250ml chicken (or vegetable) stock
Salt, pepper
2-3 tbsp cream (optional)

method for watercress soup

1.  Wash the watercress, drain and set aside.

2.  Heat the butter and olive oil in a large saucepan and sweat the onion until cooked but not browned. Add the watercress with the stalks, roughly chopped potatoes and cover with the water and stock. Season with salt and pepper.  Cover and cook gently for 30 minutes.

3. Blitz the soup with a hand blender or in a food processor until smooth. If you prefer your soup less thick, then you could sieve at this point, although I personally love it with the fibre addition of the stalks.

If serving as an elegant starter dish, swirl in a dash of cream and why not surprise your guests with a mini MadMac herb macaron? The recipe is on page 97 of the book.

More on Veules-les-Roses coming up soon. Join in a festival with a difference…

18 replies
  1. Tracy W
    Tracy W says:

    Thank you. I have now learned something new. I never ever knew how watercress was grown and harvested. Now the ‘water’ in watercress makes a lot of sense. I somehow thought it was just grown like most other veggies…in the soil. You learn something new every day !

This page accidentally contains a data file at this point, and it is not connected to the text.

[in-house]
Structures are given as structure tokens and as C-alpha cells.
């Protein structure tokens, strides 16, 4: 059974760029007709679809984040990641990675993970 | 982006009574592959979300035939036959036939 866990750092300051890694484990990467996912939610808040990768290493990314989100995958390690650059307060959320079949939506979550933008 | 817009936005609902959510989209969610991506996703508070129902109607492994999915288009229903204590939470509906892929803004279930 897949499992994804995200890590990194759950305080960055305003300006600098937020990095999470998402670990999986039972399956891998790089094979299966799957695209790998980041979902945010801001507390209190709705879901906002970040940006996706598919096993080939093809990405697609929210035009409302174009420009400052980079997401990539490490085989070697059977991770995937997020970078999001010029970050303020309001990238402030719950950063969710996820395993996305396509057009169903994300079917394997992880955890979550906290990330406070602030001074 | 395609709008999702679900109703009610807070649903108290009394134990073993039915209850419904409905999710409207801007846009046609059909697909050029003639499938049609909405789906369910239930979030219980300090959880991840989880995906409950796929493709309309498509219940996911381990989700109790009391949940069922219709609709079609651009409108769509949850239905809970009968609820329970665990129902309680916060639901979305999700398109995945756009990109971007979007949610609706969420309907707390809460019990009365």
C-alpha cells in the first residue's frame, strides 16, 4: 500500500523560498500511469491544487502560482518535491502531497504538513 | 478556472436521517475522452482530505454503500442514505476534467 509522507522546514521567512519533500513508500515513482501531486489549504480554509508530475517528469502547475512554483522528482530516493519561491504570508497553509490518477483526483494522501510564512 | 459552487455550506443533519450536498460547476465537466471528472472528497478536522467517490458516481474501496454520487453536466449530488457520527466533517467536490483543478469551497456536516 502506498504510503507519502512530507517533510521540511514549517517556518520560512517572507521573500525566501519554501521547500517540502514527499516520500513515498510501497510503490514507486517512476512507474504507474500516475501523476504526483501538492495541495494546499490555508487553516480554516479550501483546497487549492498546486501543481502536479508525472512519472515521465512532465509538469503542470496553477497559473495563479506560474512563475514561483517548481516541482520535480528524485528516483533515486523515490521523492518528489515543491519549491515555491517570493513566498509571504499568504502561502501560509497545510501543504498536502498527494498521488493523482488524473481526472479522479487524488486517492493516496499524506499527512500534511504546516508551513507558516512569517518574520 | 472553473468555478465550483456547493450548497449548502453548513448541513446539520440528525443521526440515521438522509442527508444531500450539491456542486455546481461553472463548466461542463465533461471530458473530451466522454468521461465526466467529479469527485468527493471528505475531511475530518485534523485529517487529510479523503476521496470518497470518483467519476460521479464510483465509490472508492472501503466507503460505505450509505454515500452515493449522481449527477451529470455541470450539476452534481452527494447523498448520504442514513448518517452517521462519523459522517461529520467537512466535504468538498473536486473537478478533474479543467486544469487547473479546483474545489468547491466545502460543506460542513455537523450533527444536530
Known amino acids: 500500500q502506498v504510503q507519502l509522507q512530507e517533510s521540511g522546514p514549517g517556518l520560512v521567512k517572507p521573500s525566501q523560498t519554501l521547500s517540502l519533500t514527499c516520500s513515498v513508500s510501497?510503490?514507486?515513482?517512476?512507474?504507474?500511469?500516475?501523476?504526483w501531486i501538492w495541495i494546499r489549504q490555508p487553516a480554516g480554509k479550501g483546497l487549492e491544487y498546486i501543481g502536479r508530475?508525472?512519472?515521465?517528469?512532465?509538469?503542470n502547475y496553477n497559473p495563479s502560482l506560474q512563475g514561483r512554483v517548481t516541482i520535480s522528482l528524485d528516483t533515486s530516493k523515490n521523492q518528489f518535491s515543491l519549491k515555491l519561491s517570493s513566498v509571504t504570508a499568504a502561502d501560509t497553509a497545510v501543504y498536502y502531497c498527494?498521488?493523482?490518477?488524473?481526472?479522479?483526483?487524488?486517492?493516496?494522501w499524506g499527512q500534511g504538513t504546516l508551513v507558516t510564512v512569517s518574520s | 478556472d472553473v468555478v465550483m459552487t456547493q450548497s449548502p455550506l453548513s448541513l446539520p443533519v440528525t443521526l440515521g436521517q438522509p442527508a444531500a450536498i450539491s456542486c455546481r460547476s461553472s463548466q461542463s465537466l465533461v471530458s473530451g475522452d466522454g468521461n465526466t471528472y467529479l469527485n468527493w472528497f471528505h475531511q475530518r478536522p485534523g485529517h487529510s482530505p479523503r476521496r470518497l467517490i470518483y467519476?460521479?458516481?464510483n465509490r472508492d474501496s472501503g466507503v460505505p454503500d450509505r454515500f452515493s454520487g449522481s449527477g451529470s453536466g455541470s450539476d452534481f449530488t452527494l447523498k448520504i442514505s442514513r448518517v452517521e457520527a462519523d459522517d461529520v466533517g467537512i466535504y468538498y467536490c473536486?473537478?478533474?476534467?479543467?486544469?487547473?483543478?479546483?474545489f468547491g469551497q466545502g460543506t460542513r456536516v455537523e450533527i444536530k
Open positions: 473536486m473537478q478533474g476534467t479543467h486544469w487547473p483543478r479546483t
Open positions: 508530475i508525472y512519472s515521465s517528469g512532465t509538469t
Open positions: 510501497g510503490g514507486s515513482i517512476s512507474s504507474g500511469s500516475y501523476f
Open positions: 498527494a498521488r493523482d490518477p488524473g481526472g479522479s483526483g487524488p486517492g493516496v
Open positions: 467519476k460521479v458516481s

2. Gintare @Gourmantine
    Gintare @Gourmantine says:

    I’ve missed so many of your posts Jill, but it’s always a pleasure to catch up! Watercress soup does sound very interesting, never tried it before, but perhaps I need all the vitamins to resist the creeping up cold. 🙂

  3. Jamie
    Jamie says:

    What is funny is that last Friday at the market husband pointed and said “Oh look! Cresson!” I love your little trip because I did not know there was a special place devoted to cresson! This is so interesting but more than that wow is it pretty! A great little adventure – even though I can imagine how disappointed you must be about your back and your safari 🙁 But a lovely little escapade, Jill! I love discovering new hidden parts of France like this!

    • Jill
      Jill says:

      Thanks, Jamie. Well, I guess it’s perhaps not so hidden now 😉
      Highly recommend you take a wee jaunt there – not far for you in Nantes.

  4. June S
    June S says:

    Dad grows watercress in the new greenhouse. In fact I think it must have been bought for this purpose. Those egg and cress sandwich fingers at Musselburgh sure has lasting memories. M & S sells brioche fingers so with egg filling we are sorted. We loved this area in Normandy as well – must go back. Especially poignant at Remembrance Day.